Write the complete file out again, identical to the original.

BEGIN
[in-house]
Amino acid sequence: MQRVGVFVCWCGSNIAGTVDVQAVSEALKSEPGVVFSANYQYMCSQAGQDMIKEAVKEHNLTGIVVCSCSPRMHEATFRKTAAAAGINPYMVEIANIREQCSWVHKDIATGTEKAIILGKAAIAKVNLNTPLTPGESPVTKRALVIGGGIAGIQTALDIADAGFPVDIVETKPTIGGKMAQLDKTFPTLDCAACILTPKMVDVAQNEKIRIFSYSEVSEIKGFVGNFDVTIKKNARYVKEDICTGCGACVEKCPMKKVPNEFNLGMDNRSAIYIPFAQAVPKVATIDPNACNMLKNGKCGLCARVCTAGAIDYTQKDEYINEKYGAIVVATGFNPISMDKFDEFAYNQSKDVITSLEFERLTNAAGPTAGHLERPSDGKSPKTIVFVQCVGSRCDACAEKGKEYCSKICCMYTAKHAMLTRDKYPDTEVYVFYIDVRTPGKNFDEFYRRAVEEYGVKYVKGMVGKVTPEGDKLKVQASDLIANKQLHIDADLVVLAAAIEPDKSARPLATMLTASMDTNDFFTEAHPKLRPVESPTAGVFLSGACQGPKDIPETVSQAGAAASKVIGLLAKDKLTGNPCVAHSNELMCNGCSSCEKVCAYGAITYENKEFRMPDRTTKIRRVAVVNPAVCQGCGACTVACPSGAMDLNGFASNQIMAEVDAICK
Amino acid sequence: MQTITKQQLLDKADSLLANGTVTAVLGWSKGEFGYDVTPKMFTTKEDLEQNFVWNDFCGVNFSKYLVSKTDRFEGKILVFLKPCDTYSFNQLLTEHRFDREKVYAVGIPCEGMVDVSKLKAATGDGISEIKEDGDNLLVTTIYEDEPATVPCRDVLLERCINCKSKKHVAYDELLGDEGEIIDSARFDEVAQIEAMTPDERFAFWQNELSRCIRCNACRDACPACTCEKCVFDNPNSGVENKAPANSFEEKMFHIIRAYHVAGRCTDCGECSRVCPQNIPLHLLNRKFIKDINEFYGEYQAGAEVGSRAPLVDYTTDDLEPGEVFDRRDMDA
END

[in-house]
Amino acid sequence: MQRVGVFVCWCGSNIAGTVDVQAVSEALKSEPGVVFSANYQYMCSQAGQDMIKEAVKEHNLTGIVVCSCSPRMHEATFRKTAAAAGINPYMVEIANIREQCSWVHKDIATGTEKAIILGKAAIAKVNLNTPLTPGESPVTKRALVIGGGIAGIQTALDIADAGFPVDIVETKPTIGGKMAQLDKTFPTLDCAACILTPKMVDVAQNEKIRIFSYSEVSEIKGFVGNFDVTIKKNARYVKEDICTGCGACVEKCPMKKVPNEFNLGMDNRSAIYIPFAQAVPKVATIDPNACNMLKNGKCGLCARVCTAGAIDYTQKDEYINEKYGAIVVATGFNPISMDKFDEFAYNQSKDVITSLEFERLTNAAGPTAGHLERPSDGKSPKTIVFVQCVGSRCDACAEKGKEYCSKICCMYTAKHAMLTRDKYPDTEVYVFYIDVRTPGKNFDEFYRRAVEEYGVKYVKGMVGKVTPEGDKLKVQASDLIANKQLHIDADLVVLAAAIEPDKSARPLATMLTASMDTNDFFTEAHPKLRPVESPTAGVFLSGACQGPKDIPETVSQAGAAASKVIGLLAKDKLTGNPCVAHSNELMCNGCSSCEKVCAYGAITYENKEFRMPDRTTKIRRVAVVNPAVCQGCGACTVACPSGAMDLNGFASNQIMAEVDAICK
Amino acid sequence: MQTITKQQLLDKADSLLANGTVTAVLGWSKGEFGYDVTPKMFTTKEDLEQNFVWNDFCGVNFSKYLVSKTDRFEGKILVFLKPCDTYSFNQLLTEHRFDREKVYAVGIPCEGMVDVSKLKAATGDGISEIKEDGDNLLVTTIYEDEPATVPCRDVLLERCINCKSKKHVAYDELLGDEGEIIDSARFDEVAQIEAMTPDERFAFWQNELSRCIRCNACRDACPACTCEKCVFDNPNSGVENKAPANSFEEKMFHIIRAYHVAGRCTDCGECSRVCPQNIPLHLLNRKFIKDINEFYGEYQAGAEVGSRAPLVDYTTDDLEPGEVFDRRDMDA